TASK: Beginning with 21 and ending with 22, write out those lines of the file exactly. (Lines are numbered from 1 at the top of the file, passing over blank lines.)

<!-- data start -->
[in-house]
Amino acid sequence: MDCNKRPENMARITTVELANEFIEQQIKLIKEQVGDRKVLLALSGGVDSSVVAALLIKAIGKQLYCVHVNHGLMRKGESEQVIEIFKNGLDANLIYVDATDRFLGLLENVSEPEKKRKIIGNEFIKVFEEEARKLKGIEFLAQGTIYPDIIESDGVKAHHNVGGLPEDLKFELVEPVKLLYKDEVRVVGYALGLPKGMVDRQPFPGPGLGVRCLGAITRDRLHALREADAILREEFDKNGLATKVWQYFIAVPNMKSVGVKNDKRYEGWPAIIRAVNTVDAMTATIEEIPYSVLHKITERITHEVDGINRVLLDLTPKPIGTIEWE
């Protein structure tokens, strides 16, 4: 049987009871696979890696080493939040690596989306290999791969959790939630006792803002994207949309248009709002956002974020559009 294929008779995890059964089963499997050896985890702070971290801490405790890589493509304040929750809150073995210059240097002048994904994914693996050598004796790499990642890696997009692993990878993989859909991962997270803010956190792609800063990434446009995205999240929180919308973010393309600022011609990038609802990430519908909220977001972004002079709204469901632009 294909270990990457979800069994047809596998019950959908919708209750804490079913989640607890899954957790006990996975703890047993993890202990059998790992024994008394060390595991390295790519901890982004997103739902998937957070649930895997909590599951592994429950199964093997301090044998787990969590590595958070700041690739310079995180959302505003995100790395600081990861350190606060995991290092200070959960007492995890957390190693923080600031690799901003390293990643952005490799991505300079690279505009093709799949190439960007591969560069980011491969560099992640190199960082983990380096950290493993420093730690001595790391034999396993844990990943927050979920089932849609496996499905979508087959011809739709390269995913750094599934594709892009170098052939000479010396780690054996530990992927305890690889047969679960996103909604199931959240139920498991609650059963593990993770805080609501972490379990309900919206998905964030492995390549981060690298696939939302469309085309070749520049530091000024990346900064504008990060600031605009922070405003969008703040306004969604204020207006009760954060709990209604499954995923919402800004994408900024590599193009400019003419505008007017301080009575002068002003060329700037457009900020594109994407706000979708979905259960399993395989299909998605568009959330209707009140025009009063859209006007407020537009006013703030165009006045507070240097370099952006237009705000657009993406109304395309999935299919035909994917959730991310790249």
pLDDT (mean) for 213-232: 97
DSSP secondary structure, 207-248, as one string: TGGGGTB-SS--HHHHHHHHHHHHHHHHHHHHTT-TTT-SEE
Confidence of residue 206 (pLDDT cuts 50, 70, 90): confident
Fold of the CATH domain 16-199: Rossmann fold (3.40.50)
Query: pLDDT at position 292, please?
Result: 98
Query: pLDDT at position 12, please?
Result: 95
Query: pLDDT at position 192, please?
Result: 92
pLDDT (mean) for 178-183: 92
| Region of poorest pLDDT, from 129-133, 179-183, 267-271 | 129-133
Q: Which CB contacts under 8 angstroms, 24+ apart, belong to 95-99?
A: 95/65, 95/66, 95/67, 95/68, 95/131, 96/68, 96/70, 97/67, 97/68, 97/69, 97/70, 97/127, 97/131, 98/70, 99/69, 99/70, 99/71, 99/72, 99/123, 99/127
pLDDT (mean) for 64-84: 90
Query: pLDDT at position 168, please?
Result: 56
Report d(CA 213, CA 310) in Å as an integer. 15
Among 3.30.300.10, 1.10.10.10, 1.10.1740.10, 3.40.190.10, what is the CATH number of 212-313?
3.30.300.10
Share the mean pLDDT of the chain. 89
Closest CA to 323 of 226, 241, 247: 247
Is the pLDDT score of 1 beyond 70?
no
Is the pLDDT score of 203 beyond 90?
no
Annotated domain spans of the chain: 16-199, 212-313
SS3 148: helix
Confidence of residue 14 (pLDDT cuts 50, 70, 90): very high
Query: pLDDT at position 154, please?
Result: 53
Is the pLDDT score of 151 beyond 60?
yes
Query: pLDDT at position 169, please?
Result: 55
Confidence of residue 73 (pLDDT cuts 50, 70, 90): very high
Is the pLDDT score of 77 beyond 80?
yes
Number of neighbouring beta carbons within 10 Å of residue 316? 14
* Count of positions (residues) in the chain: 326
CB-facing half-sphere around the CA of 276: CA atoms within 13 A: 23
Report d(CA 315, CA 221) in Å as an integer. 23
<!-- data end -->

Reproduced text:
Report d(CA 213, CA 310) in Å as an integer. 15
Among 3.30.300.10, 1.10.10.10, 1.10.1740.10, 3.40.190.10, what is the CATH number of 212-313?